Can Teams Win By Taking Higher Quality Shots?

Shot quality is a hot-button issue among people who spend time trying to learn about the game of hockey through statistical analysis.

Intuitively, we all know that shot quality exists. A quick blast from center ice immediately prior to a line change is far less likely to score than a superstar taking a shot on a breakaway. The question, then, isn’t whether shot quality exists – we know it does – but whether teams can use it to help them win games.

Defensive shot quality is hard to measure because of goaltending effects. If Boston posts a better save percentage this season than Columbus, we can’t say that it’s strictly a matter of their team playing better defense or a brilliant coaching stratagem – because Tim Thomas and Steve Mason are very different goaltenders. Various methods of measuring shot location to split defensive performance from goaltending performance remain problematic and unproven.

That problem, however, doesn’t exist when we look at team offense. A team’s shooting percentage tells us exactly how likely they were to score on any given shot. Therefore, if certain teams in the league are better than others at taking quality shots, it’s something that should show up when we look at their records from year-to-year.

Naturally, we’d want to level the playing field – some teams get more power plays or penalty kills, some teams spend more time in 4-on-4 situations, etc. To get a really even idea of what teams are good at taking quality shots, we’d only want to look at 5-on-5 game play – it’s the most common situation, the area where coaching and overall team ability should be most evident.

If we go back to 2010-11, the best team in the league at converting their shots was the Philadelphia Flyers. In 2009-10… they were the 27th-best team in the league. The Capitals were the best team in the league in 2009-10, and they fell all the way to 23rd in 2010-11. In fact, the average finish of a team that leads the league in shooting percentage in the previous and prior years is 14th overall in the NHL. Interestingly, the average finish of a team that finishes last in the league in shooting percentage in the previous and prior years is also 14th overall.

Still, those are just examples. To really see if shot quality matters offensively, we’d want to look at the entire league, over a period of years. Thanks to Behind the Net, we can do that – we have four years of 5-on-5 shooting data, from 2007-08 to 2010-11. We’ll run mathematical correlations, to see the relationship from one year to the next – a score of 1 represents a perfect correlation, a score of zero shows no correlation whatsoever.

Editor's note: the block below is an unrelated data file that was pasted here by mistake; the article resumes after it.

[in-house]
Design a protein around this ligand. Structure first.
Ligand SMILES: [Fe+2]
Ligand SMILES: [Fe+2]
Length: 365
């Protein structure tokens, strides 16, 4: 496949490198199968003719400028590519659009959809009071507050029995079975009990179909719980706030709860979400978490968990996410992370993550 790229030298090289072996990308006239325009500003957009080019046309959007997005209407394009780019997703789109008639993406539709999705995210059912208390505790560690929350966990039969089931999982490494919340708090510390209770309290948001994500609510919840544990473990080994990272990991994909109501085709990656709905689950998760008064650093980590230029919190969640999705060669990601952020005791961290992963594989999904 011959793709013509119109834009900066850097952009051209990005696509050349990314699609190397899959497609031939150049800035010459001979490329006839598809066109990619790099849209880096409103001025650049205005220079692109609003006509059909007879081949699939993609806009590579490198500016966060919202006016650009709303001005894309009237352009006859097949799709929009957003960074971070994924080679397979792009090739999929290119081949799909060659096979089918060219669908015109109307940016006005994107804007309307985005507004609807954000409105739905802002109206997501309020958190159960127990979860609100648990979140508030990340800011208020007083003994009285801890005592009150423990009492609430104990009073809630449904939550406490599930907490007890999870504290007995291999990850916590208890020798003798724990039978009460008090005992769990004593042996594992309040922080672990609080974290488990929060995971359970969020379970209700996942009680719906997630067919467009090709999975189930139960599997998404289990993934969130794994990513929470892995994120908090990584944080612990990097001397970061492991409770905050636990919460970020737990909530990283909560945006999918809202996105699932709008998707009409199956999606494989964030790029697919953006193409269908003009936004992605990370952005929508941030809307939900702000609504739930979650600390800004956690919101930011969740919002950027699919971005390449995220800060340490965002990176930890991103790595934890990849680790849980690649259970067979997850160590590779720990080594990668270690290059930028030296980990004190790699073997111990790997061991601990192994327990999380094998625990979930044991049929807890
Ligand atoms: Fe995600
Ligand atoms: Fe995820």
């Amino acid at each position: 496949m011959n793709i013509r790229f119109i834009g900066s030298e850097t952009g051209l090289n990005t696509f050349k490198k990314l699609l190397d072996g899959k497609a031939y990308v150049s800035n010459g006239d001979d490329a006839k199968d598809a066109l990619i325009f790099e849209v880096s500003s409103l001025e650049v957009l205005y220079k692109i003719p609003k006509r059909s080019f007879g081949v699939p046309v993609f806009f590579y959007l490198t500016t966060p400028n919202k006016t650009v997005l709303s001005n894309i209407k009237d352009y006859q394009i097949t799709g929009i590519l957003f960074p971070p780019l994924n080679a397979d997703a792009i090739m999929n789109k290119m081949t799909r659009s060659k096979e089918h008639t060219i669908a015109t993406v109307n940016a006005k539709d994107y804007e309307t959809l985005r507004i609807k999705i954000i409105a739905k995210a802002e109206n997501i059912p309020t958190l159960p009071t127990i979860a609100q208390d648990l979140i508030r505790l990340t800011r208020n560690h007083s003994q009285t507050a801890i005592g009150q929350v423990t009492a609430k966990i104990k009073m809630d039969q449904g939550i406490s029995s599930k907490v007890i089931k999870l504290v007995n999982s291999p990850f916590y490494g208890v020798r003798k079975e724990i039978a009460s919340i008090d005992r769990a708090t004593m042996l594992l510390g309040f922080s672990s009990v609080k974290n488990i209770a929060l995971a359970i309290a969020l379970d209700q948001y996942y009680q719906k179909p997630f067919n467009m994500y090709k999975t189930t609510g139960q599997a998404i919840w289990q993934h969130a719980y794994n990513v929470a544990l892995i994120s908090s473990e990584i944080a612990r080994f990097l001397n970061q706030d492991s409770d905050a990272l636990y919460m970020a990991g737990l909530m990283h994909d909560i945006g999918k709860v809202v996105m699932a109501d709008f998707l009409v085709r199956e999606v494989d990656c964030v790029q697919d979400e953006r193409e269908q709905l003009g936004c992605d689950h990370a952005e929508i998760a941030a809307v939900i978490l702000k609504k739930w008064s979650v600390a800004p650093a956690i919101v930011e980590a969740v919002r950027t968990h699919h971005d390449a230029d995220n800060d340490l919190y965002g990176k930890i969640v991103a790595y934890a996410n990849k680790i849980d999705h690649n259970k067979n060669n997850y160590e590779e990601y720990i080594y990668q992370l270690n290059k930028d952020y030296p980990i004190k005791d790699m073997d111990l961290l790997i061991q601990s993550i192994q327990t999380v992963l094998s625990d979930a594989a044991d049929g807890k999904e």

• 2007-08 to 2008-09 correlation: 0.179
  • 2008-09 to 2009-10 correlation: -0.067
  • 2009-10 to 2010-11 correlation: -0.121
  • Average year-to-year correlation: -0.003

The average correlation is actually slightly negative over these years, but it’s very, very close to exactly zero. In other words, there seems to be no connection between how good a team’s shooting percentage is from one year to the next. This is a significant argument that there is no major difference between individual NHL teams in their ability to score on any given shot – over the big picture, shot quality in 5-on-5 situations evens out.

While a team’s shot quality seems to bounce around erratically from year to year, the same is not true of the number of shots that they take. Here are the same correlations, but this time instead of looking at team shooting percentage, we will look at team shooting rates (shots/60) in 5-on-5 situations:

  • 2007-08 to 2008-09 correlation: 0.578
  • 2008-09 to 2009-10 correlation: 0.453
  • 2009-10 to 2010-11 correlation: 0.462
  • Average year-to-year correlation: 0.498

That’s not a perfect correlation by any means, but there’s clearly a relationship between how teams perform from one year to the next – something we didn’t find when we looked at shot quality.

Because shot rates are at least somewhat predictable, we can view them as a team skill – teams that are good at this one year stand a good chance at being good at it the next year. Because shooting percentage is unpredictable (at the team level) it becomes very difficult to argue that certain teams are better at it than others.

  • OB1 Team Yakopov - F.S.T.N.F

    Just so I’m clear here, this is saying that shot quality doesn’t really matter? … ie over a large enough sample teams are going to score at roughly the same rate?

    ie if you consitantly out shoot, you should consistantly win?

  • Clyde Frog

    Willis, I appreciate what you try to do with adding statistics to Hockey, but you really need to post your Descriptive Statistics and regression tests on known years to demonstrate causation along with correlation.

    Have you stat buffs been doing that stuff for all the popular measures?

    Please don’t take this post as a jump down anyones throat, just trying to understand what is going on behind the claims.

    I understand how baseball statistical analysis works, but thats because you can break down 95% of interactions into a single interaction between player and measurement. Hockey is a much tougher bird to look at because there are 9 other players on the ice, different systems, 2 referees and a whole host of other factors that go into a single play. (Outside of shootout attempts)

  • Semenko and Troy

    Sit Barker. He moves at the speed of glacial ice.

    Sit Gagner. Opt for more size and speed through the line-up.





  • OB1 Team Yakopov - F.S.T.N.F

    I like some of your stuff, but I wouldn’t get too cocky. It’s early but so far your analysis of RNH seems 100% off…. if that holds up it’s a fairly big hit to your credibility.